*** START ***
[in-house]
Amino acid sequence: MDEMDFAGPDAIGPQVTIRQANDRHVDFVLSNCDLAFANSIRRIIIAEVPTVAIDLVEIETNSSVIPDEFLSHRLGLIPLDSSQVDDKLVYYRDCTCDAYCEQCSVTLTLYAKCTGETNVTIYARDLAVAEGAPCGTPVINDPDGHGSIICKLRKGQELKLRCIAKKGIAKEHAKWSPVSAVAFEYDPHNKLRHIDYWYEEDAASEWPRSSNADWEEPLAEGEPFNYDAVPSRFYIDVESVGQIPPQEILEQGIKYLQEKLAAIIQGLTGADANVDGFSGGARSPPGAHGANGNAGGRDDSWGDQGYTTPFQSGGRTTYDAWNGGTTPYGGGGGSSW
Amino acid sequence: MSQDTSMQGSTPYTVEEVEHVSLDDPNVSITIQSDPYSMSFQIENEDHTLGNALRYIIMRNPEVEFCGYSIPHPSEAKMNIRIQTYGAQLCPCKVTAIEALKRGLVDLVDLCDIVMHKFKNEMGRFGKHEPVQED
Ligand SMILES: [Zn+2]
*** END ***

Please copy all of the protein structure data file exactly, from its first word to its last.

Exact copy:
[in-house]
Amino acid sequence: MDEMDFAGPDAIGPQVTIRQANDRHVDFVLSNCDLAFANSIRRIIIAEVPTVAIDLVEIETNSSVIPDEFLSHRLGLIPLDSSQVDDKLVYYRDCTCDAYCEQCSVTLTLYAKCTGETNVTIYARDLAVAEGAPCGTPVINDPDGHGSIICKLRKGQELKLRCIAKKGIAKEHAKWSPVSAVAFEYDPHNKLRHIDYWYEEDAASEWPRSSNADWEEPLAEGEPFNYDAVPSRFYIDVESVGQIPPQEILEQGIKYLQEKLAAIIQGLTGADANVDGFSGGARSPPGAHGANGNAGGRDDSWGDQGYTTPFQSGGRTTYDAWNGGTTPYGGGGGSSW
Amino acid sequence: MSQDTSMQGSTPYTVEEVEHVSLDDPNVSITIQSDPYSMSFQIENEDHTLGNALRYIIMRNPEVEFCGYSIPHPSEAKMNIRIQTYGAQLCPCKVTAIEALKRGLVDLVDLCDIVMHKFKNEMGRFGKHEPVQED
Ligand SMILES: [Zn+2]